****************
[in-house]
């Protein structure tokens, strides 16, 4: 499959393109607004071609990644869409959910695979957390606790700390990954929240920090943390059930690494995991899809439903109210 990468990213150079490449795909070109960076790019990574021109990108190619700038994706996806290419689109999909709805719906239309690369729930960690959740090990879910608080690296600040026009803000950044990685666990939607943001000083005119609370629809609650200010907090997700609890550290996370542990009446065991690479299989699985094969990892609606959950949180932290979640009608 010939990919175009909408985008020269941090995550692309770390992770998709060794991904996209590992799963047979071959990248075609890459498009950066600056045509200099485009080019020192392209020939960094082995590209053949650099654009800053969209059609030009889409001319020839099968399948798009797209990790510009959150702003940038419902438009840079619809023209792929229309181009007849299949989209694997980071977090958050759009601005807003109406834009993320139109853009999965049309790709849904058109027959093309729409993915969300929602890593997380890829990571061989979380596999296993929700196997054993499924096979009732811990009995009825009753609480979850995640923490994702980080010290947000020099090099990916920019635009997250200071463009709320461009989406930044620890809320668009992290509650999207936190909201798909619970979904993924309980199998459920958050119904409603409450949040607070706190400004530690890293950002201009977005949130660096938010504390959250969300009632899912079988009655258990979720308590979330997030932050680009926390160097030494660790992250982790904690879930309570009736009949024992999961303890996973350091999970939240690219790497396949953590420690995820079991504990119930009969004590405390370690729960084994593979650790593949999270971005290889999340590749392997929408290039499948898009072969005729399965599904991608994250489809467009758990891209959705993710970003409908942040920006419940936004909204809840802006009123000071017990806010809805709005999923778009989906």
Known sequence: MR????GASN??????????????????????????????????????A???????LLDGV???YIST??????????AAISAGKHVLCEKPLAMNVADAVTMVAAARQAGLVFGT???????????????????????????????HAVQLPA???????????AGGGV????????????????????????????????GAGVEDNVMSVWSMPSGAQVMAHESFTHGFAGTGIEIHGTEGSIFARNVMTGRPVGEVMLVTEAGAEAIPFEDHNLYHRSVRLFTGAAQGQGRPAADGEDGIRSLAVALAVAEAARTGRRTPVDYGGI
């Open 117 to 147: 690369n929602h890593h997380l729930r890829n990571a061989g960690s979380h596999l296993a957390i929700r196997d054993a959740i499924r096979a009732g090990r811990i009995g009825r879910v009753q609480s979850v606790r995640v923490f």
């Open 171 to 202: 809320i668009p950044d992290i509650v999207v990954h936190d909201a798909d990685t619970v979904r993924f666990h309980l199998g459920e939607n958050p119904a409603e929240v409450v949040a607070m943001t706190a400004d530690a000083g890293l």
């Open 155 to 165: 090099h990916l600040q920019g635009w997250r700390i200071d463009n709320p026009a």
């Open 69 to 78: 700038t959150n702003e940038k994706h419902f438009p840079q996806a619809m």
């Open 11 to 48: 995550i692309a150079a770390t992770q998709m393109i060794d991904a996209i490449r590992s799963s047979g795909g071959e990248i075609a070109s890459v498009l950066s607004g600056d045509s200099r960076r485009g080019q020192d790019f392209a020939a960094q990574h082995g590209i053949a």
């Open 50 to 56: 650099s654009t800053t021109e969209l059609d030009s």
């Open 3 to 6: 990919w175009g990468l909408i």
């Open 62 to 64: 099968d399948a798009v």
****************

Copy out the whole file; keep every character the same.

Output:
[in-house]
């Protein structure tokens, strides 16, 4: 499959393109607004071609990644869409959910695979957390606790700390990954929240920090943390059930690494995991899809439903109210 990468990213150079490449795909070109960076790019990574021109990108190619700038994706996806290419689109999909709805719906239309690369729930960690959740090990879910608080690296600040026009803000950044990685666990939607943001000083005119609370629809609650200010907090997700609890550290996370542990009446065991690479299989699985094969990892609606959950949180932290979640009608 010939990919175009909408985008020269941090995550692309770390992770998709060794991904996209590992799963047979071959990248075609890459498009950066600056045509200099485009080019020192392209020939960094082995590209053949650099654009800053969209059609030009889409001319020839099968399948798009797209990790510009959150702003940038419902438009840079619809023209792929229309181009007849299949989209694997980071977090958050759009601005807003109406834009993320139109853009999965049309790709849904058109027959093309729409993915969300929602890593997380890829990571061989979380596999296993929700196997054993499924096979009732811990009995009825009753609480979850995640923490994702980080010290947000020099090099990916920019635009997250200071463009709320461009989406930044620890809320668009992290509650999207936190909201798909619970979904993924309980199998459920958050119904409603409450949040607070706190400004530690890293950002201009977005949130660096938010504390959250969300009632899912079988009655258990979720308590979330997030932050680009926390160097030494660790992250982790904690879930309570009736009949024992999961303890996973350091999970939240690219790497396949953590420690995820079991504990119930009969004590405390370690729960084994593979650790593949999270971005290889999340590749392997929408290039499948898009072969005729399965599904991608994250489809467009758990891209959705993710970003409908942040920006419940936004909204809840802006009123000071017990806010809805709005999923778009989906």
Known sequence: MR????GASN??????????????????????????????????????A???????LLDGV???YIST??????????AAISAGKHVLCEKPLAMNVADAVTMVAAARQAGLVFGT???????????????????????????????HAVQLPA???????????AGGGV????????????????????????????????GAGVEDNVMSVWSMPSGAQVMAHESFTHGFAGTGIEIHGTEGSIFARNVMTGRPVGEVMLVTEAGAEAIPFEDHNLYHRSVRLFTGAAQGQGRPAADGEDGIRSLAVALAVAEAARTGRRTPVDYGGI
């Open 117 to 147: 690369n929602h890593h997380l729930r890829n990571a061989g960690s979380h596999l296993a957390i929700r196997d054993a959740i499924r096979a009732g090990r811990i009995g009825r879910v009753q609480s979850v606790r995640v923490f």
């Open 171 to 202: 809320i668009p950044d992290i509650v999207v990954h936190d909201a798909d990685t619970v979904r993924f666990h309980l199998g459920e939607n958050p119904a409603e929240v409450v949040a607070m943001t706190a400004d530690a000083g890293l």
């Open 155 to 165: 090099h990916l600040q920019g635009w997250r700390i200071d463009n709320p026009a």
């Open 69 to 78: 700038t959150n702003e940038k994706h419902f438009p840079q996806a619809m």
């Open 11 to 48: 995550i692309a150079a770390t992770q998709m393109i060794d991904a996209i490449r590992s799963s047979g795909g071959e990248i075609a070109s890459v498009l950066s607004g600056d045509s200099r960076r485009g080019q020192d790019f392209a020939a960094q990574h082995g590209i053949a």
């Open 50 to 56: 650099s654009t800053t021109e969209l059609d030009s």
């Open 3 to 6: 990919w175009g990468l909408i």
């Open 62 to 64: 099968d399948a798009v």